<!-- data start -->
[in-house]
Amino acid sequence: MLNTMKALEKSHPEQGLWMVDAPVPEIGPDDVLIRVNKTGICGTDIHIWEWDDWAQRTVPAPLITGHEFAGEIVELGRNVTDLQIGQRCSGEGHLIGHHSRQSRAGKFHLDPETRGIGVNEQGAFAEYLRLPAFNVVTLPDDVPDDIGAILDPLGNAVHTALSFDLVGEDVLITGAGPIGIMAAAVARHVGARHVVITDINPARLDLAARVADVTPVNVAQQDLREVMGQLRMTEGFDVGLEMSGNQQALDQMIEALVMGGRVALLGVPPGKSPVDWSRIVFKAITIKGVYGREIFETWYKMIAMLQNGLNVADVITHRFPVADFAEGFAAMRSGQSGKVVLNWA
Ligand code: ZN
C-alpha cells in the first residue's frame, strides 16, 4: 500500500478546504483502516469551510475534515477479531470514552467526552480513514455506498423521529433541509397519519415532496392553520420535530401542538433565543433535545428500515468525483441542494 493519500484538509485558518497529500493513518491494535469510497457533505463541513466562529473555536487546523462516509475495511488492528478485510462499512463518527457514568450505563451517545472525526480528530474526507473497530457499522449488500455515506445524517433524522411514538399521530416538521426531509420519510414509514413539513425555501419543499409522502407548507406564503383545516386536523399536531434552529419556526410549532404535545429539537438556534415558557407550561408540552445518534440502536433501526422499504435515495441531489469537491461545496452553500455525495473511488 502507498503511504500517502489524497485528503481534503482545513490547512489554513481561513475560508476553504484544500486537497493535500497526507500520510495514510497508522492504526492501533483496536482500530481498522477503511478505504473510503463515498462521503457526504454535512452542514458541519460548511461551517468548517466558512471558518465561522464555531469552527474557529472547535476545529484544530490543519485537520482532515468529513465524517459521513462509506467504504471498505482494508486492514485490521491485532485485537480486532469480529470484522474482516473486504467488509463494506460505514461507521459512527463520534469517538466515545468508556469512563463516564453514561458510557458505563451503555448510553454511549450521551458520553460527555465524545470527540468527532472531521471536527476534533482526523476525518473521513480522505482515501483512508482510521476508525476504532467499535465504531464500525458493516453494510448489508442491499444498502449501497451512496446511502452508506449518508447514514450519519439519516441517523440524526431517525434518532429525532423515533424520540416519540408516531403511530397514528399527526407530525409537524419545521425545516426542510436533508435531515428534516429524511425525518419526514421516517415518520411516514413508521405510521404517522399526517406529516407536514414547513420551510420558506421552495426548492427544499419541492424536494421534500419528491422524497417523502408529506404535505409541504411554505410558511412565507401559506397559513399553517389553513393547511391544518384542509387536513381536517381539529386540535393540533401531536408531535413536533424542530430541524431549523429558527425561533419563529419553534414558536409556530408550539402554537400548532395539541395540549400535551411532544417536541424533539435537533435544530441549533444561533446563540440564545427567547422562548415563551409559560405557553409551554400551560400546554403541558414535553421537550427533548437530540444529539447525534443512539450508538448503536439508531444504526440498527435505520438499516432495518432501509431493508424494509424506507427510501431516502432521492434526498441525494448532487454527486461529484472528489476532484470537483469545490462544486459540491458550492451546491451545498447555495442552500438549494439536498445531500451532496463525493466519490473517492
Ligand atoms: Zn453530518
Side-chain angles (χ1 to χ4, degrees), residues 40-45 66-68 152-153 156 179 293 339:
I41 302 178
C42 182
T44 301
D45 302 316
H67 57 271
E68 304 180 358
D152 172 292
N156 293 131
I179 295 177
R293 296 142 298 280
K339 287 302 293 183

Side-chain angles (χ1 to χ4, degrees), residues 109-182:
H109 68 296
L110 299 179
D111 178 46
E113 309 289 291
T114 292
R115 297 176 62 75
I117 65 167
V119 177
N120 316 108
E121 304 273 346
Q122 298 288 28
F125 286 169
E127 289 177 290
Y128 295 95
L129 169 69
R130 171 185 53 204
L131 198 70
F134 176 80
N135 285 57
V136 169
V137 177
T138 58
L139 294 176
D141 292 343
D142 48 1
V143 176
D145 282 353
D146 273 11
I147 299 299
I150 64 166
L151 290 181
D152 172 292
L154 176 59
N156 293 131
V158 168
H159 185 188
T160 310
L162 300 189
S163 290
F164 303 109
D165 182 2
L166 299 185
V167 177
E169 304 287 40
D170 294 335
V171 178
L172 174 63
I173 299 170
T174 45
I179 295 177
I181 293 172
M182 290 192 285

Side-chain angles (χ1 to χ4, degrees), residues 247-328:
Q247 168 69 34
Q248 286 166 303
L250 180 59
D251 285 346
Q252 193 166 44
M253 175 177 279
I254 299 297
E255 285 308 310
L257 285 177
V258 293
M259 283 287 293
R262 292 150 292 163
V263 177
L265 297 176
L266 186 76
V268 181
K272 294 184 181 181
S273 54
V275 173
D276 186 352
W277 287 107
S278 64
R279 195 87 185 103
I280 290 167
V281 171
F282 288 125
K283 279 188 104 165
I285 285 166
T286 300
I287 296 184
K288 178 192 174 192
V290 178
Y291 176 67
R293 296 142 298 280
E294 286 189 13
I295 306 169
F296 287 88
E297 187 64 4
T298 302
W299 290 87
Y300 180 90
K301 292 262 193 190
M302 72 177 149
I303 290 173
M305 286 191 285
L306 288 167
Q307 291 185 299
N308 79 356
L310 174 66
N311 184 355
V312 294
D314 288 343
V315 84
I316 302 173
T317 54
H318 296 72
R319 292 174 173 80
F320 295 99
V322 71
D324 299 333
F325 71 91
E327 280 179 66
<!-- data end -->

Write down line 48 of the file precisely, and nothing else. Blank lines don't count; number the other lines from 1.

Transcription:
I150 64 166